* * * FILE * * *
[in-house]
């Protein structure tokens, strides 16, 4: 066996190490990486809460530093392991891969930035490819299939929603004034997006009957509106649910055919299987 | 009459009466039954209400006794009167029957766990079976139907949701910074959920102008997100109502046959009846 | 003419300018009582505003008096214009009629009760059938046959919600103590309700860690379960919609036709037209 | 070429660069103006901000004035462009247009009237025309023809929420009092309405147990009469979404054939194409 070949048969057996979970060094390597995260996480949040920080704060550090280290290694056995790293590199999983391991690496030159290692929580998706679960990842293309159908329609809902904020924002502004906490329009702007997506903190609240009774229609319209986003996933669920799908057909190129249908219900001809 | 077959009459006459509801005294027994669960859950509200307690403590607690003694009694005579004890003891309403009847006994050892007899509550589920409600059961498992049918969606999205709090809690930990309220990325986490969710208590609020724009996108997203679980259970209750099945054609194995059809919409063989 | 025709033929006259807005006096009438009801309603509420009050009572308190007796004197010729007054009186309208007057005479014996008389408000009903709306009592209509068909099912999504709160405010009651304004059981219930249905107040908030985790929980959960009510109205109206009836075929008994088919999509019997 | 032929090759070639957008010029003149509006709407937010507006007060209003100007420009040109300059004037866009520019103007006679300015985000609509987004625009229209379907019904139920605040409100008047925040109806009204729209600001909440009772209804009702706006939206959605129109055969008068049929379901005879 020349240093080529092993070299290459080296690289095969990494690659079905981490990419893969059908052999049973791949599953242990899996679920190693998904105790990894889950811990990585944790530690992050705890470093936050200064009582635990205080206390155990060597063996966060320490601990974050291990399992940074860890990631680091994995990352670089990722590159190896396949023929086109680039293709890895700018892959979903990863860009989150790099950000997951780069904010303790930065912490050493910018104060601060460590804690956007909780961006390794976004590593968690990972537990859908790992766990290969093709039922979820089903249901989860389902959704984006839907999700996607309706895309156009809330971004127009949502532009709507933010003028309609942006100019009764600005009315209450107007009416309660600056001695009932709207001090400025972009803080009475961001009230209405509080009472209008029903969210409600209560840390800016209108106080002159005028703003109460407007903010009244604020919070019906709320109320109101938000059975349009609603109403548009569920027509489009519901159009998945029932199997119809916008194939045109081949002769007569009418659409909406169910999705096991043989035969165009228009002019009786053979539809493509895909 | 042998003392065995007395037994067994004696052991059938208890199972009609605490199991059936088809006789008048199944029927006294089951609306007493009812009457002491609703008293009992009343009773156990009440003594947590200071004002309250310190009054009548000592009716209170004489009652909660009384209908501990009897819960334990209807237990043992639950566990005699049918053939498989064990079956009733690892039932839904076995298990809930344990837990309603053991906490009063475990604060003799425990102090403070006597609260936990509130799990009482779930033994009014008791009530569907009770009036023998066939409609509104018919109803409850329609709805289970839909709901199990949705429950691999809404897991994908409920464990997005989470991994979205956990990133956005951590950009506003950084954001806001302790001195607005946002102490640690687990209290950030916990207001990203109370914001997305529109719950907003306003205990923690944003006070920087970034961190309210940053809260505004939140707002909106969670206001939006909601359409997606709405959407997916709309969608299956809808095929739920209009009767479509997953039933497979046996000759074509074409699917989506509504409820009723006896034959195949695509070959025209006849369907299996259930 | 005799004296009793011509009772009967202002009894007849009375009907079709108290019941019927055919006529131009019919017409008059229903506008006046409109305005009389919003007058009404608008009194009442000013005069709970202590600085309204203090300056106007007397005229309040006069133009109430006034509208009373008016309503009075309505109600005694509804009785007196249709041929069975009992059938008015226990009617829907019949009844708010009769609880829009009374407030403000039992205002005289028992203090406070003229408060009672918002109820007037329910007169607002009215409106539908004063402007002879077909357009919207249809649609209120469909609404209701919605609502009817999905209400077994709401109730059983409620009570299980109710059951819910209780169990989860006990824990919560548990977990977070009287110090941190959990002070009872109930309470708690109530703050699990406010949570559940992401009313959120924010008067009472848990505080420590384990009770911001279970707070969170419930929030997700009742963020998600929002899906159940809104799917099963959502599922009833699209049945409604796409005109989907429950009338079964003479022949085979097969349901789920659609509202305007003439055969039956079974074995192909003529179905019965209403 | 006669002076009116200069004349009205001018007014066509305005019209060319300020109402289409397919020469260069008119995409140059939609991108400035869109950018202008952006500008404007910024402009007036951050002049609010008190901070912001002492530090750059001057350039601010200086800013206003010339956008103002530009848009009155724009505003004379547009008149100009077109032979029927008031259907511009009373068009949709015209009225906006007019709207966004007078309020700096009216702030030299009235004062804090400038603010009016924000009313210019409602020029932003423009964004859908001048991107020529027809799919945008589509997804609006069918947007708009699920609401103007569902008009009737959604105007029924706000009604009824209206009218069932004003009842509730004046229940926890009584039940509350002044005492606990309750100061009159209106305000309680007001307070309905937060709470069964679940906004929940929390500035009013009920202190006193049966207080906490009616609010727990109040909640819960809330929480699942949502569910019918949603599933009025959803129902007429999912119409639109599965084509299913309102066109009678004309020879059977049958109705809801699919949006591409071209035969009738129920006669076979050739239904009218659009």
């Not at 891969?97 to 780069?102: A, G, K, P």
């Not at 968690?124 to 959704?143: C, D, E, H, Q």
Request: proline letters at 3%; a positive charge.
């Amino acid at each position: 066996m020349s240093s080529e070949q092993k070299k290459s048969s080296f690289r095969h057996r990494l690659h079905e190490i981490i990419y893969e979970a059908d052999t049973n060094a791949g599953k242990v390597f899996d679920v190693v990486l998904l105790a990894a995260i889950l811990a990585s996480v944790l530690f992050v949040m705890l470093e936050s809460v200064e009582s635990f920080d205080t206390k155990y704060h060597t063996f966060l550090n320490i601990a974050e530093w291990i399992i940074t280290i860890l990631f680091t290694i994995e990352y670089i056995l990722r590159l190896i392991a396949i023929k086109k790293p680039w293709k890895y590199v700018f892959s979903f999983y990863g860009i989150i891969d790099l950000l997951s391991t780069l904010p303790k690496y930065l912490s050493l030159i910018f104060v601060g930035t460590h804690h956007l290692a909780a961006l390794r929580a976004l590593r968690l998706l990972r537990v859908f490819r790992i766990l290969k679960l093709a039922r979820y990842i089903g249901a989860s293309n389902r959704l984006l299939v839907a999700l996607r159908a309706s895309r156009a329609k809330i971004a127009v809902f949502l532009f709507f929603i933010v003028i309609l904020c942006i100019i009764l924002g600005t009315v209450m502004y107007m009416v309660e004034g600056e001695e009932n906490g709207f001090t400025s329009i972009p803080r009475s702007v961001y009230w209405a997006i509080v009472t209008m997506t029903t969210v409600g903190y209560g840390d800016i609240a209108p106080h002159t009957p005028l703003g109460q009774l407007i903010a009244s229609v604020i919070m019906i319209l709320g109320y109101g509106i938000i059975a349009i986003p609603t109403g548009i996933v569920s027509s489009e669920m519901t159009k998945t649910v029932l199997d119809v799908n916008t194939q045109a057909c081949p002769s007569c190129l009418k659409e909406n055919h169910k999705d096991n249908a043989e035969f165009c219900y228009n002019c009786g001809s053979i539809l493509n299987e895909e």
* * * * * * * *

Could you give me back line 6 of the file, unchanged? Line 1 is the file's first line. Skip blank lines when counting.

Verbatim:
């Amino acid at each position: 066996m020349s240093s080529e070949q092993k070299k290459s048969s080296f690289r095969h057996r990494l690659h079905e190490i981490i990419y893969e979970a059908d052999t049973n060094a791949g599953k242990v390597f899996d679920v190693v990486l998904l105790a990894a995260i889950l811990a990585s996480v944790l530690f992050v949040m705890l470093e936050s809460v200064e009582s635990f920080d205080t206390k155990y704060h060597t063996f966060l550090n320490i601990a974050e530093w291990i399992i940074t280290i860890l990631f680091t290694i994995e990352y670089i056995l990722r590159l190896i392991a396949i023929k086109k790293p680039w293709k890895y590199v700018f892959s979903f999983y990863g860009i989150i891969d790099l950000l997951s391991t780069l904010p303790k690496y930065l912490s050493l030159i910018f104060v601060g930035t460590h804690h956007l290692a909780a961006l390794r929580a976004l590593r968690l998706l990972r537990v859908f490819r790992i766990l290969k679960l093709a039922r979820y990842i089903g249901a989860s293309n389902r959704l984006l299939v839907a999700l996607r159908a309706s895309r156009a329609k809330i971004a127009v809902f949502l532009f709507f929603i933010v003028i309609l904020c942006i100019i009764l924002g600005t009315v209450m502004y107007m009416v309660e004034g600056e001695e009932n906490g709207f001090t400025s329009i972009p803080r009475s702007v961001y009230w209405a997006i509080v009472t209008m997506t029903t969210v409600g903190y209560g840390d800016i609240a209108p106080h002159t009957p005028l703003g109460q009774l407007i903010a009244s229609v604020i919070m019906i319209l709320g109320y109101g509106i938000i059975a349009i986003p609603t109403g548009i996933v569920s027509s489009e669920m519901t159009k998945t649910v029932l199997d119809v799908n916008t194939q045109a057909c081949p002769s007569c190129l009418k659409e909406n055919h169910k999705d096991n249908a043989e035969f165009c219900y228009n002019c009786g001809s053979i539809l493509n299987e895909e």